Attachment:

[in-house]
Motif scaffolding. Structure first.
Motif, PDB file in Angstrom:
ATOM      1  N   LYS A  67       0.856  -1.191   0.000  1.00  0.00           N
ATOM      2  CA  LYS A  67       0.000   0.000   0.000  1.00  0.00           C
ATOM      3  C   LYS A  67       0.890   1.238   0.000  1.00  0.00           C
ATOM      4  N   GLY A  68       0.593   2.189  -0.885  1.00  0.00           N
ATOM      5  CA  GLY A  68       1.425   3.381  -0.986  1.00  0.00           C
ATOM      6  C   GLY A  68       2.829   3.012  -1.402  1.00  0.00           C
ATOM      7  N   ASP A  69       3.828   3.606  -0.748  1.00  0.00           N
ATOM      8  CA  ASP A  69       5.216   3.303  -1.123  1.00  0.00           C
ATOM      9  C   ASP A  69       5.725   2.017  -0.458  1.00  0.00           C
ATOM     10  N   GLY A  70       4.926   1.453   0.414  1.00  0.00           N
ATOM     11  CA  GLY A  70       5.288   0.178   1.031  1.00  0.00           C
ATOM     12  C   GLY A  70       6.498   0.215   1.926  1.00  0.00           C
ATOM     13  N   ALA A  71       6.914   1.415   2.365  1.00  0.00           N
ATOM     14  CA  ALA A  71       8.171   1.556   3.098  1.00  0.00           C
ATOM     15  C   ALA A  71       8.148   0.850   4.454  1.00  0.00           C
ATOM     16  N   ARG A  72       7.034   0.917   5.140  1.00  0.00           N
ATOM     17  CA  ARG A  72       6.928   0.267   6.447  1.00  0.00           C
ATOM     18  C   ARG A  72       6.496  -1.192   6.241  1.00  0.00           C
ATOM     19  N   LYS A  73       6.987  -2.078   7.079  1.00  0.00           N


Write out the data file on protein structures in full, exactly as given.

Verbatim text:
[in-house]
Motif scaffolding. Structure first.
Motif, PDB file in Angstrom:
ATOM      1  N   LYS A  67       0.856  -1.191   0.000  1.00  0.00           N
ATOM      2  CA  LYS A  67       0.000   0.000   0.000  1.00  0.00           C
ATOM      3  C   LYS A  67       0.890   1.238   0.000  1.00  0.00           C
ATOM      4  N   GLY A  68       0.593   2.189  -0.885  1.00  0.00           N
ATOM      5  CA  GLY A  68       1.425   3.381  -0.986  1.00  0.00           C
ATOM      6  C   GLY A  68       2.829   3.012  -1.402  1.00  0.00           C
ATOM      7  N   ASP A  69       3.828   3.606  -0.748  1.00  0.00           N
ATOM      8  CA  ASP A  69       5.216   3.303  -1.123  1.00  0.00           C
ATOM      9  C   ASP A  69       5.725   2.017  -0.458  1.00  0.00           C
ATOM     10  N   GLY A  70       4.926   1.453   0.414  1.00  0.00           N
ATOM     11  CA  GLY A  70       5.288   0.178   1.031  1.00  0.00           C
ATOM     12  C   GLY A  70       6.498   0.215   1.926  1.00  0.00           C
ATOM     13  N   ALA A  71       6.914   1.415   2.365  1.00  0.00           N
ATOM     14  CA  ALA A  71       8.171   1.556   3.098  1.00  0.00           C
ATOM     15  C   ALA A  71       8.148   0.850   4.454  1.00  0.00           C
ATOM     16  N   ARG A  72       7.034   0.917   5.140  1.00  0.00           N
ATOM     17  CA  ARG A  72       6.928   0.267   6.447  1.00  0.00           C
ATOM     18  C   ARG A  72       6.496  -1.192   6.241  1.00  0.00           C
ATOM     19  N   LYS A  73       6.987  -2.078   7.079  1.00  0.00           N